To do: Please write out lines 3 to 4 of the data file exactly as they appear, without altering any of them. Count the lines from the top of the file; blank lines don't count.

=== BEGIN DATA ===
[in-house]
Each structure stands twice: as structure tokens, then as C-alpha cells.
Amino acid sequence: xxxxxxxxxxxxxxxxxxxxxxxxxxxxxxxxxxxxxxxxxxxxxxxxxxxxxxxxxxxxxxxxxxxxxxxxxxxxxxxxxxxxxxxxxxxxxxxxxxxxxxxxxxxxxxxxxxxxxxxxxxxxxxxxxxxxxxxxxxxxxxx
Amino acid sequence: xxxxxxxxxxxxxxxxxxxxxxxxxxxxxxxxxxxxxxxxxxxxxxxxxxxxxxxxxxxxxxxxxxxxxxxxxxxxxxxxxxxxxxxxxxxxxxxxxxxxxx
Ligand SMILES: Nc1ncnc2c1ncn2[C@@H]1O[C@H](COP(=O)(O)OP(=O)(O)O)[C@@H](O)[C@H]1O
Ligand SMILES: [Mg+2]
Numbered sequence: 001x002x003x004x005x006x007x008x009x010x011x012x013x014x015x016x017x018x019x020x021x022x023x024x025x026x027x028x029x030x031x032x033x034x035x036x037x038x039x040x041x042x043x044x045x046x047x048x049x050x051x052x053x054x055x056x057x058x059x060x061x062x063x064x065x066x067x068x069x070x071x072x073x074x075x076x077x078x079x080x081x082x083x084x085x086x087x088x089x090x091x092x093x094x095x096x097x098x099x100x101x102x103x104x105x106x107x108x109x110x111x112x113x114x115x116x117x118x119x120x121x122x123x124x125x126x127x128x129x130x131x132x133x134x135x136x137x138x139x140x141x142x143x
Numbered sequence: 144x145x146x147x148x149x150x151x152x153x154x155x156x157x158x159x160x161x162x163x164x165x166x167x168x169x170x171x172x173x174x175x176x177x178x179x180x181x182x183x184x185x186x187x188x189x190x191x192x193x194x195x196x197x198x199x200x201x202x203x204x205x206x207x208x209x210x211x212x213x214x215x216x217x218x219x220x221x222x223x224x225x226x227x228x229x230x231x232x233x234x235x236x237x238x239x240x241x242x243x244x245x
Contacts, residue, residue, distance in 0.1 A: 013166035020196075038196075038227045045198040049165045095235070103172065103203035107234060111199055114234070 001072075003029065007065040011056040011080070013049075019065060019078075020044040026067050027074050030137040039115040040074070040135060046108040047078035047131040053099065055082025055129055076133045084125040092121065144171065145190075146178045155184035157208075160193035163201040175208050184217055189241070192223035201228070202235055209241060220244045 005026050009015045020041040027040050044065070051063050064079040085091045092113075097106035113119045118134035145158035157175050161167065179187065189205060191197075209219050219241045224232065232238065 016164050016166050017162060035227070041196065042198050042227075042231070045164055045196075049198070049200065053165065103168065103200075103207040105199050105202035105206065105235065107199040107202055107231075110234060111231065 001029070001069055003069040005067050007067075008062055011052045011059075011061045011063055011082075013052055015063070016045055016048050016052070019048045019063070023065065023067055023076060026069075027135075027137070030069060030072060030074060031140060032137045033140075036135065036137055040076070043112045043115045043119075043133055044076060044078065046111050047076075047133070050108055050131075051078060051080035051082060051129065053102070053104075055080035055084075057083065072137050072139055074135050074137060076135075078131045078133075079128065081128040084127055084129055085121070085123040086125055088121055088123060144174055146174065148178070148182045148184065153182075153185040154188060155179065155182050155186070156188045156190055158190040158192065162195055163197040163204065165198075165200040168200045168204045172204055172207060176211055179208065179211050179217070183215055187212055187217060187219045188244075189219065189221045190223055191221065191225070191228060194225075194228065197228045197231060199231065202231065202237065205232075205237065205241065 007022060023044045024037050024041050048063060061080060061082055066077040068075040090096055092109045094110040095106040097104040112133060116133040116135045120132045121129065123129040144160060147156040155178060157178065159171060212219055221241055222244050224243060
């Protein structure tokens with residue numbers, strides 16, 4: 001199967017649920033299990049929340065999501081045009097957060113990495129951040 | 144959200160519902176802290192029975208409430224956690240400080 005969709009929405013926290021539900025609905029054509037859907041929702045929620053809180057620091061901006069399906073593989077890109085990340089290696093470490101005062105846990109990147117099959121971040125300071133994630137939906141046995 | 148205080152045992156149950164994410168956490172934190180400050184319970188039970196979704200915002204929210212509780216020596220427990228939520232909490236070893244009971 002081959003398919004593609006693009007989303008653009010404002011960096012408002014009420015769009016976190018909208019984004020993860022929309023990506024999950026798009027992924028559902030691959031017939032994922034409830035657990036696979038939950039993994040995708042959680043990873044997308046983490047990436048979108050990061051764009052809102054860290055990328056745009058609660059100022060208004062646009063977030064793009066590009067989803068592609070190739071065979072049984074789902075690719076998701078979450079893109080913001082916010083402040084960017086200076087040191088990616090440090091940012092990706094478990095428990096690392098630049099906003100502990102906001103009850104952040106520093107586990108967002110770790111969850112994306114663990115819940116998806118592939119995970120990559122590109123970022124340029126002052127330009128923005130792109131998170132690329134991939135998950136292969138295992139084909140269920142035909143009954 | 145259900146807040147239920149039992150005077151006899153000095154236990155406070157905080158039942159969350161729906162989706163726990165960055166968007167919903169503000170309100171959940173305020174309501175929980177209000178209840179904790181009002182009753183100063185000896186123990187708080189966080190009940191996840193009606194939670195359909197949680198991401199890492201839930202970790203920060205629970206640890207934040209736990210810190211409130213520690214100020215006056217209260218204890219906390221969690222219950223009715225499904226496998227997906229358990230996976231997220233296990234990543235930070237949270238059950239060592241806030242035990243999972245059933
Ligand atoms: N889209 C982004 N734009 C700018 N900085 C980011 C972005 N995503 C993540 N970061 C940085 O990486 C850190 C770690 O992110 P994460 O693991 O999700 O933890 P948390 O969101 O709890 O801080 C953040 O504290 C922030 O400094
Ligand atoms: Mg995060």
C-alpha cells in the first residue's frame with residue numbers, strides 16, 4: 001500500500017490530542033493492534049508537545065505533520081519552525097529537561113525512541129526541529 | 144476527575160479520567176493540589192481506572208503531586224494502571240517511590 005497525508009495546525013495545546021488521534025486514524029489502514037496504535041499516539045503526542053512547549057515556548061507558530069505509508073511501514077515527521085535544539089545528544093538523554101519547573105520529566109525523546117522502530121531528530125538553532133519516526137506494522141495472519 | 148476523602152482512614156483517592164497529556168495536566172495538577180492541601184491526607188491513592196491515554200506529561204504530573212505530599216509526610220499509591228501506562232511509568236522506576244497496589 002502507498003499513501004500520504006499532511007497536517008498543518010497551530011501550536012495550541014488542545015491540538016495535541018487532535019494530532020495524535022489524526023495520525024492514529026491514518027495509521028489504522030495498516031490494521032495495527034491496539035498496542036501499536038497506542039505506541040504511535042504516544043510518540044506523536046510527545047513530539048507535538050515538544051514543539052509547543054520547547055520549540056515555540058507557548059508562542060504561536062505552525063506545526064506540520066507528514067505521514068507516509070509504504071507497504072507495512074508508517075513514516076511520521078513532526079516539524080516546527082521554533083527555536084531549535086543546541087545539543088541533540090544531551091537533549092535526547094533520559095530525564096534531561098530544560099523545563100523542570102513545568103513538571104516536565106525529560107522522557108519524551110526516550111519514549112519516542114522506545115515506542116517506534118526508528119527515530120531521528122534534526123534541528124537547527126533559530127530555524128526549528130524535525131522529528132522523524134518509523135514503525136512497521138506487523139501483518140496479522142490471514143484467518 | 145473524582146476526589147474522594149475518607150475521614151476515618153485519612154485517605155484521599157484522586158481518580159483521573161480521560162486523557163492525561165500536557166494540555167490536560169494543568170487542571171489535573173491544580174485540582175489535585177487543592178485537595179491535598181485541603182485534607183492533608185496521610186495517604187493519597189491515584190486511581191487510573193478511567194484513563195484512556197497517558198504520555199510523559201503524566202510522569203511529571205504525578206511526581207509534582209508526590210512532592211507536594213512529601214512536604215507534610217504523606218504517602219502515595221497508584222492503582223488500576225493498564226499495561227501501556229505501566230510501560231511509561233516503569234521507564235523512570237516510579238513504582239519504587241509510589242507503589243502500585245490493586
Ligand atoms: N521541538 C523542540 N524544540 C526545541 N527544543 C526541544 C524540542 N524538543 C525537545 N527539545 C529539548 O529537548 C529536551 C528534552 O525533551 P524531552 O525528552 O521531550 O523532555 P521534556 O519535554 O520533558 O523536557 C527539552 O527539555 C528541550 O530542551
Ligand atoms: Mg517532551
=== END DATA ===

Amino acid sequence: xxxxxxxxxxxxxxxxxxxxxxxxxxxxxxxxxxxxxxxxxxxxxxxxxxxxxxxxxxxxxxxxxxxxxxxxxxxxxxxxxxxxxxxxxxxxxxxxxxxxxxxxxxxxxxxxxxxxxxxxxxxxxxxxxxxxxxxxxxxxxxx
Amino acid sequence: xxxxxxxxxxxxxxxxxxxxxxxxxxxxxxxxxxxxxxxxxxxxxxxxxxxxxxxxxxxxxxxxxxxxxxxxxxxxxxxxxxxxxxxxxxxxxxxxxxxxxx